Steven Spielberg Shares Regrets Over The Movie “Jaws” And Its Impact On Real-Life Sharks

It’s hard to believe that it has been almost 5 decades since the movie Jaws came out. It was 1975 when that movie hit the big screen and ever since that time, people have been afraid of going in the ocean.

Jaws was actually an adaptation of a novel by Peter Benchley. That novel, which was also named Jaws, was meant to be a thriller but it actually had more of an impact than most frightening movies.

Photo: Flickr/Kevin Dooley License: CC BY 2.0

For example, we may have seen many of the summer thrillers that occurred in the ’80s and ’90s, from Friday the 13th to Halloween. Most of those tended to take place at summer camps, but people don’t avoid summer camps because of the movies.

Something quite different happened with Jaws, and people have a real fear of sharks after seeing the movie. Prior to Jaws being released, sharks were feared but nothing like they are today.

As it turns out, Spielberg regrets many of the things that are associated with the film. It isn’t just a matter of people being afraid to go back in the water, it’s the impact that the film may have had on the population of sharks.


In speaking with Lauren Laverne on BBC’s Desert Island Discs, he said: “I truly and to this day regret the decimation of the shark population because of the book and the film. I really, truly regret that.”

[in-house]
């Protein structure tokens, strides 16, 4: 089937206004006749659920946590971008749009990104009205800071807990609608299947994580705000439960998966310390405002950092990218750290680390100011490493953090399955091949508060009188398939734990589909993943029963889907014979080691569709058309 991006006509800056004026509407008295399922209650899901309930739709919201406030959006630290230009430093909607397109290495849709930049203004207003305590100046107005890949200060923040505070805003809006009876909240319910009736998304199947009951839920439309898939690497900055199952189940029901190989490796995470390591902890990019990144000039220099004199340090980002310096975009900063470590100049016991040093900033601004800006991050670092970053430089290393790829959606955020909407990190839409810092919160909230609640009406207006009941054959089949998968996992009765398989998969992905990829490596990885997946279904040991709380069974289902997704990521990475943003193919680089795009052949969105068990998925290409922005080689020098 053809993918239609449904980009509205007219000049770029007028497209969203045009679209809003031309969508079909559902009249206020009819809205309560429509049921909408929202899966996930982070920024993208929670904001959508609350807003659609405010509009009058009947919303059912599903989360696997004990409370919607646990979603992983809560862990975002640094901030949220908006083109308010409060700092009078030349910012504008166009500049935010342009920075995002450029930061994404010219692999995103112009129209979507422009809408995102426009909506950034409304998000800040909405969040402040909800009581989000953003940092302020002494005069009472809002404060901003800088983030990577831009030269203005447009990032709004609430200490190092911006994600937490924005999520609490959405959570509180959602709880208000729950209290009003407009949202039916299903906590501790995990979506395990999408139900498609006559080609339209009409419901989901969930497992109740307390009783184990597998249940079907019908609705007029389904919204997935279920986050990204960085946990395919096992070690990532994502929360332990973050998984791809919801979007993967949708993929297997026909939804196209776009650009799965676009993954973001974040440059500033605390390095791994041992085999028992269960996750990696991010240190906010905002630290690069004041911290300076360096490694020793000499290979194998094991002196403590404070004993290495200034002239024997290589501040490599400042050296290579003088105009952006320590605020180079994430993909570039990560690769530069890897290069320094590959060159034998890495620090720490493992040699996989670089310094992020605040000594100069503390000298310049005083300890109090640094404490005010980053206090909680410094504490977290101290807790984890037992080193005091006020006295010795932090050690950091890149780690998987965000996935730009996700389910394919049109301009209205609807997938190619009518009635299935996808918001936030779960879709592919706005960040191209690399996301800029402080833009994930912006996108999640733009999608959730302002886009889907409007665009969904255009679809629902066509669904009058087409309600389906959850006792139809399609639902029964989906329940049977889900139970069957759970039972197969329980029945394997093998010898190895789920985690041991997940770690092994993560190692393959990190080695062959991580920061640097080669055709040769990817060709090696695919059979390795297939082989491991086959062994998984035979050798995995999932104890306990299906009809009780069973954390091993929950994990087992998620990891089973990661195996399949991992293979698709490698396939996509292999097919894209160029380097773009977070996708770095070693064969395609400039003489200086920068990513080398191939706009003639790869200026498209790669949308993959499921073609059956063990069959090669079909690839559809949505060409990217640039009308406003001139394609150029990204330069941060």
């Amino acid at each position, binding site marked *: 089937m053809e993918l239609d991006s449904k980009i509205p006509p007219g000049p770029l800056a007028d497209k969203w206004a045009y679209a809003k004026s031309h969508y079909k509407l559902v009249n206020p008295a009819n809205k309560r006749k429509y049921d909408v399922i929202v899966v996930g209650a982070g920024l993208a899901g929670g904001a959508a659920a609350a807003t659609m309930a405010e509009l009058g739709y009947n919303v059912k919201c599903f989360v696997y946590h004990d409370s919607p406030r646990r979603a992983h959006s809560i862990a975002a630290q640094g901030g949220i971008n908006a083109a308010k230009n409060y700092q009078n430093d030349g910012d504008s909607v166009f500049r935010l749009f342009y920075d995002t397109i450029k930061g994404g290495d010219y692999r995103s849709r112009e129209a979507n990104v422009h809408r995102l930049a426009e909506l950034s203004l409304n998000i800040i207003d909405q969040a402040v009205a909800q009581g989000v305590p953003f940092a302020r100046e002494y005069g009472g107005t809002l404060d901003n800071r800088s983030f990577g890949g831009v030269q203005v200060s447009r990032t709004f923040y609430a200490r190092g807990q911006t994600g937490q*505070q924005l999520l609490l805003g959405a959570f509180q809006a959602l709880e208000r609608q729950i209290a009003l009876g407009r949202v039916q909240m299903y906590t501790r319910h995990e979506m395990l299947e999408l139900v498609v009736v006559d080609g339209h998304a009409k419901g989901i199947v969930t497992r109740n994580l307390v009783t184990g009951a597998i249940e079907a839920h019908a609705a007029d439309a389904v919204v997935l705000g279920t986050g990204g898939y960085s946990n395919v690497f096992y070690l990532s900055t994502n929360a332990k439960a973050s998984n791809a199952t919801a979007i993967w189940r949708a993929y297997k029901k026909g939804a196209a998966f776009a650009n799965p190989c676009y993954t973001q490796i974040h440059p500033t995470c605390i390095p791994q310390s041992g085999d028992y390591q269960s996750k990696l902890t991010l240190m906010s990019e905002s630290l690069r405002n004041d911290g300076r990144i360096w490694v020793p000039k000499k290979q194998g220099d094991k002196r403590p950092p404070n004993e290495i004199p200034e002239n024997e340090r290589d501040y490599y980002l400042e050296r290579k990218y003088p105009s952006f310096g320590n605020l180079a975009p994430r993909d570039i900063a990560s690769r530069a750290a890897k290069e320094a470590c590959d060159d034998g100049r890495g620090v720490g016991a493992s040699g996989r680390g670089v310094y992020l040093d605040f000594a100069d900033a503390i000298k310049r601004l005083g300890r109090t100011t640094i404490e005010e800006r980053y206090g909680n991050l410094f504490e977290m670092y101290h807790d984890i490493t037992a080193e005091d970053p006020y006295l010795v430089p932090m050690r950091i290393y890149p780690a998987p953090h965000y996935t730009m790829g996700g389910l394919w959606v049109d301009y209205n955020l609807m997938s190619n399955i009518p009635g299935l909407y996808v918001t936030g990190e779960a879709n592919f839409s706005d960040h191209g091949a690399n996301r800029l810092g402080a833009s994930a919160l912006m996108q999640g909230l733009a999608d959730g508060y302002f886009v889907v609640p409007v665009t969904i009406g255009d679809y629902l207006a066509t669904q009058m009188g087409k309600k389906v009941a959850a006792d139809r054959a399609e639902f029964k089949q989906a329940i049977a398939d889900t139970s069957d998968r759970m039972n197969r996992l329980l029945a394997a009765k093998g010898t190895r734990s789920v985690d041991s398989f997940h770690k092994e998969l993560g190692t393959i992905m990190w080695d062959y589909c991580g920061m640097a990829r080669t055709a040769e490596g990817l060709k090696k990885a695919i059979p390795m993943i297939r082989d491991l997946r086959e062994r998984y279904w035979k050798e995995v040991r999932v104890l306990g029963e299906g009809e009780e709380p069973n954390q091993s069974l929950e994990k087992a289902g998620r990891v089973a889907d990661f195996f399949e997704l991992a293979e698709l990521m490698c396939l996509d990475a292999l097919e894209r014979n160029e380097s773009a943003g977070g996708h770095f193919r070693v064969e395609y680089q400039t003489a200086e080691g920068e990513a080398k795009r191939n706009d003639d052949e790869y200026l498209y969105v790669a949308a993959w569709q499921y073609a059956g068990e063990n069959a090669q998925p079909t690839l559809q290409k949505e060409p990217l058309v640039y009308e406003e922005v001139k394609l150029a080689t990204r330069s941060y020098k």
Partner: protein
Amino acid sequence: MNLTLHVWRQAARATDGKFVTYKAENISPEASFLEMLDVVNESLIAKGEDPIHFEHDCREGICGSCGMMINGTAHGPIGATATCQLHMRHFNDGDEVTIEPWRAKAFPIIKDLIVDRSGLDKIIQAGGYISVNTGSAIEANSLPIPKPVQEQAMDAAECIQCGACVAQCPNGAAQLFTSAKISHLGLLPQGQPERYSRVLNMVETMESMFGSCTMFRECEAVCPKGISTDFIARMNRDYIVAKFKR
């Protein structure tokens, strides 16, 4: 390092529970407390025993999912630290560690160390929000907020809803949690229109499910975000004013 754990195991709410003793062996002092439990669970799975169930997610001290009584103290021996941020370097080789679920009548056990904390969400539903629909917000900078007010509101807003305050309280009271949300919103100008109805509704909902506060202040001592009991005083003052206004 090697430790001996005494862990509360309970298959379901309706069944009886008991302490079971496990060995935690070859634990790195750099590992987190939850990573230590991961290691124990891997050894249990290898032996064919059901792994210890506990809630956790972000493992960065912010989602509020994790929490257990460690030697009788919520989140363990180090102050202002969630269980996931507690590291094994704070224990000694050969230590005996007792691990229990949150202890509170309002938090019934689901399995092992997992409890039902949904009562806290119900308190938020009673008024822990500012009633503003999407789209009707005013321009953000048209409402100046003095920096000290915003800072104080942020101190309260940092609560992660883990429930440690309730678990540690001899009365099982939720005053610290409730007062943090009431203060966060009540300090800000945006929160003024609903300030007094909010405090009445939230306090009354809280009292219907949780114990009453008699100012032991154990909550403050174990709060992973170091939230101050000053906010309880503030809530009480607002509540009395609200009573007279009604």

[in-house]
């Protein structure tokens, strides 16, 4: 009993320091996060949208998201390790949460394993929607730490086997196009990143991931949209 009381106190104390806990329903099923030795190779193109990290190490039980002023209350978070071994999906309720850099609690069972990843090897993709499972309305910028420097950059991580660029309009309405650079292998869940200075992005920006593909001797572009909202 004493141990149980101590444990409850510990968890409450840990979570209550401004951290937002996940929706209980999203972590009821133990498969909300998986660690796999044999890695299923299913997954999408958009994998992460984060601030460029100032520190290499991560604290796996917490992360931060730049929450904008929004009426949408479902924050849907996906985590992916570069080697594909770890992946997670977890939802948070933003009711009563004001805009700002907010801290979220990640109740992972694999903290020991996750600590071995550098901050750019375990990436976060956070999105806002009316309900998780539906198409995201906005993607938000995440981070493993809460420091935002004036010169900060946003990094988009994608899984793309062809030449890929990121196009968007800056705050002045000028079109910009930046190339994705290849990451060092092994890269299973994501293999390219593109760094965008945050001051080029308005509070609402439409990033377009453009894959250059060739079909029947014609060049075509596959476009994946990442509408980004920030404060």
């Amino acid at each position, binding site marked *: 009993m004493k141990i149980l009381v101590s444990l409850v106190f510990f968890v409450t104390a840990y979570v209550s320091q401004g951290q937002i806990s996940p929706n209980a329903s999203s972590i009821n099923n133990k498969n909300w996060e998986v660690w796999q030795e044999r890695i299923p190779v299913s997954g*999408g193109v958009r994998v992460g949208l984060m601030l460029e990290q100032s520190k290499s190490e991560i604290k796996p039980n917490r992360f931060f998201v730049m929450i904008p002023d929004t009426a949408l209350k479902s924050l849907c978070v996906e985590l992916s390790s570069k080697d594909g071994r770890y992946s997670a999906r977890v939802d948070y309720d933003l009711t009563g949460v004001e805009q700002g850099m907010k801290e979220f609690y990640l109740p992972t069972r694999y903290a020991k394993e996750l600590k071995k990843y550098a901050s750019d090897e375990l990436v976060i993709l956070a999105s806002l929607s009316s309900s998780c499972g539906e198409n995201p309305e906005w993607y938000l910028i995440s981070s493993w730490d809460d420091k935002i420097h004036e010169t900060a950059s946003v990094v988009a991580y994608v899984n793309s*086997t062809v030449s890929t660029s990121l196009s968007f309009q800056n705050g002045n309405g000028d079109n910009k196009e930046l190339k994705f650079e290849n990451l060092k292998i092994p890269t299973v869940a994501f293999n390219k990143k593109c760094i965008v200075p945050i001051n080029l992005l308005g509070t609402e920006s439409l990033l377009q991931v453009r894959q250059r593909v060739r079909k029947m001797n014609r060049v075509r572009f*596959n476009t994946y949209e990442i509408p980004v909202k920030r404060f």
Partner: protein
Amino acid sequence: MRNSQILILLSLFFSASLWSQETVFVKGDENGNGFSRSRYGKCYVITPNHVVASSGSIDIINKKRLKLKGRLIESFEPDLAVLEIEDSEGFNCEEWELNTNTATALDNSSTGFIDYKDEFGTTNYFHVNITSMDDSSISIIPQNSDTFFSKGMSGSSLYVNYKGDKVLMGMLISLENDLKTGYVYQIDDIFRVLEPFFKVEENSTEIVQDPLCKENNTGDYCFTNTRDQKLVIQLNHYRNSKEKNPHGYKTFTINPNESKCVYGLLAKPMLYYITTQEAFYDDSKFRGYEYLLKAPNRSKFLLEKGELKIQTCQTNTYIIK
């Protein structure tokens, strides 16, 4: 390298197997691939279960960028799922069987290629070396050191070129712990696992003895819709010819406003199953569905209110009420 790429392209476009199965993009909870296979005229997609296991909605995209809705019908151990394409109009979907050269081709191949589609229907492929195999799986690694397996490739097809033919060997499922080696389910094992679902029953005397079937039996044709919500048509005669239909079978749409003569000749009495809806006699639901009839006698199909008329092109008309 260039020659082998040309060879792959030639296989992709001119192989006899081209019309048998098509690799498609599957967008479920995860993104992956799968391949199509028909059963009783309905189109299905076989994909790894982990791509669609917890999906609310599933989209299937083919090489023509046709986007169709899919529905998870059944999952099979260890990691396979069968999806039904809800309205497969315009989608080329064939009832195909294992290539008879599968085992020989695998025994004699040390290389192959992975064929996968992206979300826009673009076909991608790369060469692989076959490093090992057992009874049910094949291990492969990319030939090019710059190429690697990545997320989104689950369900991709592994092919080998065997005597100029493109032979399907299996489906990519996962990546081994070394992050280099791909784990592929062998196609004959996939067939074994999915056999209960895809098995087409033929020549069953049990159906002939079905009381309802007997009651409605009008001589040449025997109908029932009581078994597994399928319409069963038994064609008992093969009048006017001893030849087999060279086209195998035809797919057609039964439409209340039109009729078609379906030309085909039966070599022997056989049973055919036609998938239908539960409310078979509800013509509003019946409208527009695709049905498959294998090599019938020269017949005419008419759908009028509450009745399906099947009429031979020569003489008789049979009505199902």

Spielberg went on to say that it is something he still fears; not getting eaten by a shark but that sharks are somehow still angry with him for the crazy sports associated with hunting sharks after the movie in 1975.

According to the Florida Museum, George Burgess, a shark researcher, said that Jaws initiated some sports that sent fishermen out to catch sharks that weighed hundreds of pounds. They did so to prove their bravery and unfortunately, it had an impact on the hobby of shark finning as well.

Photo: Flickr/Gage Skidmore License: CC BY-SA 2.0

Shark finning is a practice where people catch sharks and then chop off the fins. They sell the fins but the sharks are dumped back into the ocean, often to sink to the bottom and drown. It’s a horrible practice.

The movie Jaws not only inspired these fishermen to hit the water, but it also inspired a number of other shark-based movies, including Deep-Sea Blue and Great White. Rather than shedding a positive light on sharks, they just added to the problem that already existed.

Spielberg has already voiced his regret for the feeding frenzy he created with the movie Jaws. Peter Benchley, the author of the book, also has some guilty feelings as well. According to Smithsonian Magazine, even though the movie launched his book to super success and he became a millionaire, he feels somewhat responsible for the decline of sharks.

Photo: Pexels/Matt Waters

According to Wilson Marine Science, Benchley said: “What I now know, which wasn’t known when I wrote Jaws, is that there is no such thing as a rogue shark which develops a taste for human flesh.”

He also said that is difficult to have people appreciate just how vulnerable sharks are. After all, it’s hard to anthropomorphize a shark. That is better left to whales and dolphins.

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